Musk vs. SEC
The ongoing war between Elon Musk and the United States Securities and Exchange Commission (SEC) just wrapped up its latest battle.
The bare bones: On Thursday afternoon, a federal court heard oral arguments related to the SEC’s recently filed motion asserting that Tesla’s CEO violated the terms of a 2018 settlement agreement — the most recent drama in an unusual and high-profile spat between a buttoned-up federal agency and a devil-may-care executive.
Here’s everything you need to know about what led up to the hearing, what actually went down, and what it could mean for the future of Tesla and its tweet-happy CEO.
In August, Musk tweeted that he’d secured funding to take Tesla private. The only problem was that he hadn’t — and the following month, the SEC filed a lawsuit against Musk, alleging that his tweet had intentionally mislead Tesla investors.
By mid-October, Musk and Tesla officially settled the lawsuit, agreeing to pay the SEC a total of $40 million. Musk also agreed to give up his seat as Tesla’s chairman for three years and allow lawyers to oversee his communications.
Tesla did replace Musk as chairman, but his tweets kept coming, including a Feb. 19 specimen in which Musk claimed that Tesla would make about 500,000 cars in 2019 — contradicting public filings placing that number closer to 400,000 (Musk corrected himself with another tweet four hours later).
The next day, the SEC asked Tesla if anyone had reviewed the first tweet prior to Musk sending it. Tesla answered in the negative, and on Feb. 25, the SEC filed a motion claiming Musk violated the terms of the settlement and should therefore be held in contempt of court.
That brings us to Thursday, when lawyers for the SEC and Tesla each had 45 minutes to make their case to Manhattan federal judge Alison Nathan as to why Musk should or shouldn’t be held in contempt of court.
During the SEC’s time, attorney Cheryl Crumpton said that Musk “recklessly tweeted out information that has no basis in fact” and that “it’s become pretty clear over the course of the last few weeks” he doesn’t intend to comply with the terms of the settlement, according to Bloomberg’s live updates of the hearing.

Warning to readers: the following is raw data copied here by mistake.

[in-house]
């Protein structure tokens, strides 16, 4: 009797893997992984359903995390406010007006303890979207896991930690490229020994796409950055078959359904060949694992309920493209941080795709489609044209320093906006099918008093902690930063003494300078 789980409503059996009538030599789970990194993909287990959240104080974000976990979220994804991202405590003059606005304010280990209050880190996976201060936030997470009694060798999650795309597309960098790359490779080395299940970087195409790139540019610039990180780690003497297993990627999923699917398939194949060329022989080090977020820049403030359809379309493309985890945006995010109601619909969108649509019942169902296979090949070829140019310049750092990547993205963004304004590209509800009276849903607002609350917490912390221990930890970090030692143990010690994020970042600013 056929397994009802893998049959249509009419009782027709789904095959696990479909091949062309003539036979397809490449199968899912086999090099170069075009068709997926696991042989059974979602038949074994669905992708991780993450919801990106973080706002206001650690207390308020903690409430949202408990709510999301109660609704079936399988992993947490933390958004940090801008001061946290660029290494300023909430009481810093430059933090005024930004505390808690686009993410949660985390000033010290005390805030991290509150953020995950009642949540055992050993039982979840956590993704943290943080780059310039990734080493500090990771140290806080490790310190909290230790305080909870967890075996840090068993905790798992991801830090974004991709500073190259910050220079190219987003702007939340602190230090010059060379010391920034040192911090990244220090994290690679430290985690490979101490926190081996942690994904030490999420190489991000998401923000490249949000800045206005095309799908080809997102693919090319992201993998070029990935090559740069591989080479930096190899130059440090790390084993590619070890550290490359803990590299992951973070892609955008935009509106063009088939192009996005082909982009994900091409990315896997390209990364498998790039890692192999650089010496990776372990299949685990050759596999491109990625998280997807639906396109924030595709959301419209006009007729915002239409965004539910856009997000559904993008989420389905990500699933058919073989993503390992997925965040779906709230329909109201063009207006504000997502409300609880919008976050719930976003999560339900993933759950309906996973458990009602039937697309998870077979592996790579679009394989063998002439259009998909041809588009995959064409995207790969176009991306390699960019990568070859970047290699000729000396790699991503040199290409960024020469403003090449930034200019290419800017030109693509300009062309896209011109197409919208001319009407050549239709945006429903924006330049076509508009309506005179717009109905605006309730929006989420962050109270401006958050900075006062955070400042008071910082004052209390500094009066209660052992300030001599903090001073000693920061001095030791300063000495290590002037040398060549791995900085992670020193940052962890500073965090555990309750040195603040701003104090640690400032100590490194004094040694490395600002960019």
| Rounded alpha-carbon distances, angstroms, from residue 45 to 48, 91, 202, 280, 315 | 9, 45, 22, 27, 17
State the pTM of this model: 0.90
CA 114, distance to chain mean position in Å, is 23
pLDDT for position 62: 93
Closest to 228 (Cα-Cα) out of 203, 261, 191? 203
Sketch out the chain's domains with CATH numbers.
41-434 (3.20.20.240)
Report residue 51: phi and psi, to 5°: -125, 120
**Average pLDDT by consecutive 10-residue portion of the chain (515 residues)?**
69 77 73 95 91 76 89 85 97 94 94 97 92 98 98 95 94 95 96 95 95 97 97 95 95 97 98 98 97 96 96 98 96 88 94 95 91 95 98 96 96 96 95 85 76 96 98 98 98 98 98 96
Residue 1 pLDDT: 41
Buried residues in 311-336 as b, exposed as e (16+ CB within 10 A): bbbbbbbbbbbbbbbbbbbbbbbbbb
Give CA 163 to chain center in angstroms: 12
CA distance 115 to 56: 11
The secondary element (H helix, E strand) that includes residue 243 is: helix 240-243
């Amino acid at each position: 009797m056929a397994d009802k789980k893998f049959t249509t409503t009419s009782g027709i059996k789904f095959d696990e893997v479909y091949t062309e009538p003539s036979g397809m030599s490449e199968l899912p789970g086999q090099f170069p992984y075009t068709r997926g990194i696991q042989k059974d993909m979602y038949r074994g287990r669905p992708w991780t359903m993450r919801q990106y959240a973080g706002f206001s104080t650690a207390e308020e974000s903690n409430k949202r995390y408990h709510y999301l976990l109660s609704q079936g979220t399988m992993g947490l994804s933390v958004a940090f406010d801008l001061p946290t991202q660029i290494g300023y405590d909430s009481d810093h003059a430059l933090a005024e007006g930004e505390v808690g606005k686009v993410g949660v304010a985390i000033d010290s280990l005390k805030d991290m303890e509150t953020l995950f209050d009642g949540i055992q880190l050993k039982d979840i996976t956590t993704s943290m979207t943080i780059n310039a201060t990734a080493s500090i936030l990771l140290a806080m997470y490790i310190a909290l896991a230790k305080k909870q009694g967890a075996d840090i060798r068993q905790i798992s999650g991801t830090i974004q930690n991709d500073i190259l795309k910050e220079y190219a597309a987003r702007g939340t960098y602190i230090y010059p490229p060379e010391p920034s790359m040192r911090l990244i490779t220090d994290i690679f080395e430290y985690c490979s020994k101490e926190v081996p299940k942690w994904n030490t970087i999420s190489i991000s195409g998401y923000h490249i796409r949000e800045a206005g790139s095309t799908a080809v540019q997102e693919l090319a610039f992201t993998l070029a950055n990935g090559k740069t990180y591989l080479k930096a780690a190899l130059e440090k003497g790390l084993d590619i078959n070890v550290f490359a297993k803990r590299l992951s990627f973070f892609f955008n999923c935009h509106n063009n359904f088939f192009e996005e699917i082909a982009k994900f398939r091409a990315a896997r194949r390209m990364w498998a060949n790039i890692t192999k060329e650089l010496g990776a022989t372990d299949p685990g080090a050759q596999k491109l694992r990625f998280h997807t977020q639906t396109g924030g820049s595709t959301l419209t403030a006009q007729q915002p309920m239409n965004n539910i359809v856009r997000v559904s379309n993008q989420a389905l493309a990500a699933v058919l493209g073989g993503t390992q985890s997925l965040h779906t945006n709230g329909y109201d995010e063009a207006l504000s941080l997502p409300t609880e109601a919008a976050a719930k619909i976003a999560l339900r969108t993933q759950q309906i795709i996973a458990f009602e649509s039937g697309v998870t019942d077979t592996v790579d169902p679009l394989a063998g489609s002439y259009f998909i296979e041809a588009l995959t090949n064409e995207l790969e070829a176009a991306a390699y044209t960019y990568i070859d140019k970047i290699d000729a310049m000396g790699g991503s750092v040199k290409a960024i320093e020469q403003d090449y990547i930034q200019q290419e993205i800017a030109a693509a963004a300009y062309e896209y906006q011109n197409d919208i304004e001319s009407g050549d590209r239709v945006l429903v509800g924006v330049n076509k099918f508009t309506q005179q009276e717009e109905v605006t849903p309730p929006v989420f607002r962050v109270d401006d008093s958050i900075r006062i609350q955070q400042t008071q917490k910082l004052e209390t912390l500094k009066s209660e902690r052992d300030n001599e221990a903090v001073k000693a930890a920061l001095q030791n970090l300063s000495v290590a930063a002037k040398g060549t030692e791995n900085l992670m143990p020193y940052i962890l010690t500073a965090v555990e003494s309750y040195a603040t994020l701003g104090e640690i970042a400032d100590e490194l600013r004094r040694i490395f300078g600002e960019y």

“Tesla’s conduct is also troubling to the SEC,” Crumpton told the judge. “This court ordered Tesla to implement a mandatory pre-approval process, but they are apparently fine with Mr. Musk making up his own procedure,” adding that “Tesla still seems unwilling to exercise any meaningful control over the conduct of its CEO.”
During his time speaking before Nathan, Tesla’s lawyer John Hueston argued that the settlement’s language leaves it up to Musk to decide what information needs to be pre-approved. If he doesn’t think it’s “material,” he doesn’t need the pre-approval.
“[The SEC] agreed to take out language saying that everything has to be approved,” Hueston said, according to Bloomberg. “There has to be an oversight process and there is an oversight process. They’re not happy about that today.”
After hearing from both sides, Nathan ordered the SEC and Tesla to arrange a meeting between themselves and send the court a letter within two weeks letting it know if they’ve reached an agreement, according to Teslarati’s coverage, which notes that the SEC and Tesla will hear from the judge “in due course” if they can’t work out their differences on their own.
If that’s the case, and the judge decides Musk was in contempt, she could decide to fulfill the SEC’s request that Musk be forced to pay “a series of escalating fines” for any future violations of the settlement agreement. She could also insist that Musk provide the SEC with monthly reports showing he is complying with the terms of the settlement.
For now, though, it looks like speculation that Musk might be forced to step down as CEO of Tesla is unwarranted — if that was the SEC’s end game, it likely would have made the request during this hearing.
Musk didn’t speak during the hearing, which wrapped up less than two hours after it began, but afterwards he said he was “very impressed with Judge Nathan’s analysis.”
Nathan, however, doesn’t appear impressed with the situation between Musk and the SEC, telling the courtroom that she had “serious concerns that… the issue will not be finally resolved” regardless of her decision.